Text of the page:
History of Merriott Homes

History of Merriott Homes

A few people currently living in Merriott have contacted me regarding their research into the history of homes they are living in.  I don’t have
expertise in this area – if anyone can help, please contact the people mentioned directly.  Thankyou in advance!

1. Christine Stigner – Chapel Cottage, Merriott

Christine emailed me this in 2004.  Here is an excerpt from her email:

Dear Sue, 

I have been reading your pages on Merriott with interest.  My partner, Paul, bought a cottage in Merriott 3 years ago. He has family who already live there. The previous owners of the cottage had carried out some research into its history and we are trying to build on their work.  The cottage is called Chapel Cottage. It is so named because it has, as part of the accommodation, a mediaeval chapel.  The ground floor has six mediaeval cinquefoil windows, two of which have since been bricked up to make way for a kitchen.  Upstairs
there is what is now a bedroom, which also has cinquefoil windows, the bedroom also has a barrel vaulted ceiling. These ceilings were often used for private chapels and churches. In the attic there is an inspection hatch, through which the remains of the original mediaeval roof can be seen beneath a later replacement.

We have been given an extract from the local parish magazine, dated 1959, which asks ‘could this be the lost chapel of St Catherine?’ This is one of the aspects of the house that we are keen to discover.

Chapel cottage is in fact half of a house, the other half being Millers cottage. The property is opposite Court Mill. According to the tithe documents the house, mill, orchard, garden, barn, cottage, stable and various fields were all owned by yeoman John Brown. We do have some details of the ownership of the property prior to this – back to mediaeval times. This includes mention of a man called Thomas Hallett who owned the house in the 1700’s and whose name is burned into the beam of the inglenook fireplace.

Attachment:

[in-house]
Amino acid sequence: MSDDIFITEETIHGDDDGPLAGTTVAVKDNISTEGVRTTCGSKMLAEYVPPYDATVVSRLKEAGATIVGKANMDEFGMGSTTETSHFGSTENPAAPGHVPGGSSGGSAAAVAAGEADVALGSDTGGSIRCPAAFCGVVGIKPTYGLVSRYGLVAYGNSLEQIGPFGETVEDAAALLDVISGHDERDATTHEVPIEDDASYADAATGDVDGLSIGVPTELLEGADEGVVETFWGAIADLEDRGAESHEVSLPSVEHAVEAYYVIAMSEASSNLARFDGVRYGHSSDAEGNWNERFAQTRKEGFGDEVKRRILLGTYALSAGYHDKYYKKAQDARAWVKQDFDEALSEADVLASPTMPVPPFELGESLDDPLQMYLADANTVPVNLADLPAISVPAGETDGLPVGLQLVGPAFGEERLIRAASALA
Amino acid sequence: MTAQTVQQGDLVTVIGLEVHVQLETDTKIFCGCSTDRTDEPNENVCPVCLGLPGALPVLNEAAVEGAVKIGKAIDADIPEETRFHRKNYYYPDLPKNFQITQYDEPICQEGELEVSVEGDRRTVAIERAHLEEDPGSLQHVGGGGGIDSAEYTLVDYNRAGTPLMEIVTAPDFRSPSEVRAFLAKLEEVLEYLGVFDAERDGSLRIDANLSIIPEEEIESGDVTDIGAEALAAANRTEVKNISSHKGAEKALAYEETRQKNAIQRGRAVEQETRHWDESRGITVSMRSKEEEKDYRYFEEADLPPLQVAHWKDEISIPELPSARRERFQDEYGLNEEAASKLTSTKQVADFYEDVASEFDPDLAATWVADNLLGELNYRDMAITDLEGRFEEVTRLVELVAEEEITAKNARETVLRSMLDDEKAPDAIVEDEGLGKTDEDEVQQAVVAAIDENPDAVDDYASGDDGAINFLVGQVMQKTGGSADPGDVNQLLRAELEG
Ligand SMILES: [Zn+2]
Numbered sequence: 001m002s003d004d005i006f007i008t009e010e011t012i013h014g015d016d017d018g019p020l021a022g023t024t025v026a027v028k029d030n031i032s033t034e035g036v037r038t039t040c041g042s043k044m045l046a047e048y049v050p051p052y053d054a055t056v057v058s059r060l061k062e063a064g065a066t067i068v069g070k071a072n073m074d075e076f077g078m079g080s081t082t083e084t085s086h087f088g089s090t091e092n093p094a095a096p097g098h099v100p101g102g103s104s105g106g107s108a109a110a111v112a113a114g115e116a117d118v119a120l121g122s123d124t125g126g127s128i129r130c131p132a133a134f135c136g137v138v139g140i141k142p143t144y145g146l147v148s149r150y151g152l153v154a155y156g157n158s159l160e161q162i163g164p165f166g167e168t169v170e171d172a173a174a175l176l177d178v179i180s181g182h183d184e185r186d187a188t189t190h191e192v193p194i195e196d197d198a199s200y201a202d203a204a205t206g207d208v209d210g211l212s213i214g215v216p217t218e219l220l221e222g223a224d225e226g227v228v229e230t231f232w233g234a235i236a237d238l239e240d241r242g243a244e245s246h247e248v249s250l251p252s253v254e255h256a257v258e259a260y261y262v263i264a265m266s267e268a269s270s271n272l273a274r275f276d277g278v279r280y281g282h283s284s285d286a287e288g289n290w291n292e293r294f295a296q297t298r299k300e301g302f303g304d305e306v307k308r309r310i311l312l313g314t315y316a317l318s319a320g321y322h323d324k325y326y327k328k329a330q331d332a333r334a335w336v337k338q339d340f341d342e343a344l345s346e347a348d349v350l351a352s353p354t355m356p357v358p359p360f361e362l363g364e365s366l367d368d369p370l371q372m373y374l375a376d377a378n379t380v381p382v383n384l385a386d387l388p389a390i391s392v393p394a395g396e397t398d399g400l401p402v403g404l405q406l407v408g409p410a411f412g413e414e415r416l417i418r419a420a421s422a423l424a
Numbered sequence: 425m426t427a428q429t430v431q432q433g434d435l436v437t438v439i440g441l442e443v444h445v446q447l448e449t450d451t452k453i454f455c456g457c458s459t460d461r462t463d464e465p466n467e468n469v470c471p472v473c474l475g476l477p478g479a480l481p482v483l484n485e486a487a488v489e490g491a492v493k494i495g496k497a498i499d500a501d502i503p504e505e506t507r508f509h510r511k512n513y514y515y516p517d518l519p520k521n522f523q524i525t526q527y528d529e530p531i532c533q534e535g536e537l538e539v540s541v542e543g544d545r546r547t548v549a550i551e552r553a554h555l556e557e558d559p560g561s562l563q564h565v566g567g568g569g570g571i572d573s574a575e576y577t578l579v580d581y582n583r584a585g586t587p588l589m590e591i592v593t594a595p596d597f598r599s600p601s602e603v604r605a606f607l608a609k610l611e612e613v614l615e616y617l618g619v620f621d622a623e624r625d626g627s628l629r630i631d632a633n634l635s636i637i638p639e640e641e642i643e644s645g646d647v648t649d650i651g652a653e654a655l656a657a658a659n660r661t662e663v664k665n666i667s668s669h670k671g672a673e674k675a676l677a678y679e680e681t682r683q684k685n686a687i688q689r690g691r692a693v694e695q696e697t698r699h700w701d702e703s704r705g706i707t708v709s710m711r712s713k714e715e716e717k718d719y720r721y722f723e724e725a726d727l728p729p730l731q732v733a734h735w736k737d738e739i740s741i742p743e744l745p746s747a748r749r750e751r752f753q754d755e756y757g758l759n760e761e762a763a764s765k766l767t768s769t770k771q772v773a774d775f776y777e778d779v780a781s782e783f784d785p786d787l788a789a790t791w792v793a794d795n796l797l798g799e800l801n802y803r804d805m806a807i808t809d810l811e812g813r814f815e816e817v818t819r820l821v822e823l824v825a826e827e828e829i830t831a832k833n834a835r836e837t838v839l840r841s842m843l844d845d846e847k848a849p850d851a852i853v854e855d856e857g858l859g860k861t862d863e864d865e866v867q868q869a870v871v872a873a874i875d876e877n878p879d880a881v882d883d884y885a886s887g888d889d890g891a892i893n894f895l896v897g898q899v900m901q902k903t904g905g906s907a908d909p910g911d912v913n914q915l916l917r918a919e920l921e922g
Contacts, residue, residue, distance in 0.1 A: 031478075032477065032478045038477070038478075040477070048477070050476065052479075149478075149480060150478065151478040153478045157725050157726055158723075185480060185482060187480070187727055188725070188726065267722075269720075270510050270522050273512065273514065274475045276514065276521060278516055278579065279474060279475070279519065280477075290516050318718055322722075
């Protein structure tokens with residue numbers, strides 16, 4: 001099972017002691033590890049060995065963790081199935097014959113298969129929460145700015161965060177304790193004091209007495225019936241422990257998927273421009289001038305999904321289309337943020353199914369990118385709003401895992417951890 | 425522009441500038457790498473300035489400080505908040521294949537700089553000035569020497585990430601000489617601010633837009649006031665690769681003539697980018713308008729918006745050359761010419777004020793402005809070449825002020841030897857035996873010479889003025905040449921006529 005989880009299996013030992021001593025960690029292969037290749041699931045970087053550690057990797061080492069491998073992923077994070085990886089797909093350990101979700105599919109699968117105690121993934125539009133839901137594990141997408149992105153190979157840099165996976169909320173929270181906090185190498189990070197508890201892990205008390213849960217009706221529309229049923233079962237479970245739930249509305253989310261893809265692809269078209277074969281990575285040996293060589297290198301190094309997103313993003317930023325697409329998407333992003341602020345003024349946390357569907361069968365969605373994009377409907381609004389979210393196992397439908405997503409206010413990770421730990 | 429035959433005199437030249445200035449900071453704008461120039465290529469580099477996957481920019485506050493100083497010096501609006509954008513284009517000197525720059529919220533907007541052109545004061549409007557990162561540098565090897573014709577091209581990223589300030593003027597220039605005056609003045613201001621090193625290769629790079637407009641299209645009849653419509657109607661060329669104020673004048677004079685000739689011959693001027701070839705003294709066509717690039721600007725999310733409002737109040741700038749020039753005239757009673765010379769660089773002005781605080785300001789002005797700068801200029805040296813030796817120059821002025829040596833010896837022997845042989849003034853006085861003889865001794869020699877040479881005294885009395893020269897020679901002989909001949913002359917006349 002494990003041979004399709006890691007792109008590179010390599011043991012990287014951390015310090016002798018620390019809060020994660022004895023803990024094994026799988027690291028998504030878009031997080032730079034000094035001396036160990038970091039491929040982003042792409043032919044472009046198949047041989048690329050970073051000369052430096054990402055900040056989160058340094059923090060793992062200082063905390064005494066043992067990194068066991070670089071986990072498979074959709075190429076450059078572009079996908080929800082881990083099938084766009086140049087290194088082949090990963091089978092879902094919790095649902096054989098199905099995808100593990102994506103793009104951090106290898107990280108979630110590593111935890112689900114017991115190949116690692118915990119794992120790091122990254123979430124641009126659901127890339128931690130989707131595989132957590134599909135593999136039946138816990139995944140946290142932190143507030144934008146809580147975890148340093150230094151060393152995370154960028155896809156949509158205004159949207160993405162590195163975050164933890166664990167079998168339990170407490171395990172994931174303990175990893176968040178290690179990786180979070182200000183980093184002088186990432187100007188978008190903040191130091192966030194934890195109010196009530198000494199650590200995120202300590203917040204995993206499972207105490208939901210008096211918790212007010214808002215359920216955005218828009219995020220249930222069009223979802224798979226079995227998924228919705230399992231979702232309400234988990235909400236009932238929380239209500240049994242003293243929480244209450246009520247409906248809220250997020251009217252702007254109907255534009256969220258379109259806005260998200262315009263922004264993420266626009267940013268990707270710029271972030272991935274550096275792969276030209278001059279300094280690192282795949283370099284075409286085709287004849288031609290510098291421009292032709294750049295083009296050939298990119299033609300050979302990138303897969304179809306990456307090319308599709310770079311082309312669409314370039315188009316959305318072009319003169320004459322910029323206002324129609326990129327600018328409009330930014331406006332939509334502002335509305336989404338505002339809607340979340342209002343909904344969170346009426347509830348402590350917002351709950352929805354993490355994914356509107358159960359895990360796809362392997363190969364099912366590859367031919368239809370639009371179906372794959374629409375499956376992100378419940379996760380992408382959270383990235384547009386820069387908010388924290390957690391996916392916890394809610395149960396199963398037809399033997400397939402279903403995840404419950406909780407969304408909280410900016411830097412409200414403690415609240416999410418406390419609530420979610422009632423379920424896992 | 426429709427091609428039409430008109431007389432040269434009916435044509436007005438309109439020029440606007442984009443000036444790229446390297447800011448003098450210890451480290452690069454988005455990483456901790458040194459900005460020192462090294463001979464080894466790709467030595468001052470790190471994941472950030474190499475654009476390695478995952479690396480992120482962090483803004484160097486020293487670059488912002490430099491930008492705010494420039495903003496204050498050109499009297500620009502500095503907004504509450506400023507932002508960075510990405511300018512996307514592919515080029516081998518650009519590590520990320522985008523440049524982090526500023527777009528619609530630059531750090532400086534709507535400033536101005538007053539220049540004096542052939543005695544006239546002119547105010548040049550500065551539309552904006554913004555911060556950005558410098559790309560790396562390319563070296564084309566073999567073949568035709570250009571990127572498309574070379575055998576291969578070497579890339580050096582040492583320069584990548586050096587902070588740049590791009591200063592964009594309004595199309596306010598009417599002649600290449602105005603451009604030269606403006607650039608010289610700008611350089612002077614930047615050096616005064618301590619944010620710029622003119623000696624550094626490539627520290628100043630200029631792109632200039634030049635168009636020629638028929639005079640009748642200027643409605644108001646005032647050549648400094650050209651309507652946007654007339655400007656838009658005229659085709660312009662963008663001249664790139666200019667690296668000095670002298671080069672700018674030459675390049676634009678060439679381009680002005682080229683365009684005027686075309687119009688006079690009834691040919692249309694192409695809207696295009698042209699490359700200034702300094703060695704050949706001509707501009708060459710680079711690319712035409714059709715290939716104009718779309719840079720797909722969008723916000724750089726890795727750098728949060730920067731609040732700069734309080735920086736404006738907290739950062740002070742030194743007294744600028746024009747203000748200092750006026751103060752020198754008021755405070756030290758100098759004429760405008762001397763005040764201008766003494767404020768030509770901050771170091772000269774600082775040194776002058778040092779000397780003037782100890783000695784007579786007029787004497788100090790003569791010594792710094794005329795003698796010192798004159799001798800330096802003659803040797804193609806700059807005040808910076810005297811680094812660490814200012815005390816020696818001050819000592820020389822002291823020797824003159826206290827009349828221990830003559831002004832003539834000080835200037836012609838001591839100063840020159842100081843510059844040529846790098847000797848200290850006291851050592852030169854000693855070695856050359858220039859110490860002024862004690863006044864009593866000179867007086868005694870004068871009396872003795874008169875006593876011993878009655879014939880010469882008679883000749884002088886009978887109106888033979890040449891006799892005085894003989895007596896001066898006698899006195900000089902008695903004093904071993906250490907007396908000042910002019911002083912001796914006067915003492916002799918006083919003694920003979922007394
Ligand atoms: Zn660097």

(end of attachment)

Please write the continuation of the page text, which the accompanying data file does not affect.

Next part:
We have discovered that the house was once known as ‘Court Place’. The name of the house, mill and lane (Court Mill Lane), suggest that this would once have been the location of the manorial court. We have discovered that the court was most recently held at the pub, the Kings Arms, but we cannot find any definite proof that it was ever held at Court Place.

We have also discovered that St Catherine of Alexandria was a very popular saint in mediaeval times. She is the namesake of the firework, the Catherine wheel, due to the way in which she was martyred. It is also because of this that she became the patron saint of millers!

I would be really interested to know if any other visitors to your site have any further information about Chapel Cottage and Court Mill and if you would be interested in any further information about these properties should we be able to find it.

Thank you, Christine Stigner    christine.stigner@btopenworld.com

Bryan Morris – The Girdlers, Merriott

Bryan emailed me in July 2004.   This is an excerpt from the email:

“I was trying to get info’ on a house my family lived in during WW2 in Merriott when I came across your very interesting web site. This house was called ‘The Girdlers’ in Lower Street. It was built in the 1700’s and is a listed building. I was interested in its history.
My family moved there in 1940 when my father was posted to Moorlands in the Air Ministry. We lived there with a Mr Taylor. We rented rooms but in fact my mother soon took over looking after Mr Taylor as he was then in his late 70’s. He died in 1945 just before the end of WW2. In fact you have his burial noted under Other Churches, Merriott Burials. You have him as Arthur William Taylor age 56 but in fact he was 80.
The Girdlers was opposite the Osborne farm in Lower Street. We got all our dairy produce from there throughout the war. Milk was ladled out in pint and half pint measuring ladles into enamel jugs in those days. I expect that those Osbornes were related to you.
Through your web site I have got in touch with David Gibbs. We have lots in common. Thank you for setting up such an interesting source of information.
I am still looking for info’ on the Girdlers but no luck so far. I’ll probably have to look at the records in Taunton.
Thanks again.  Regards  Bryan Morris “

If anyone can help Bryan, please email him at:  Morrisbryanm@aol.com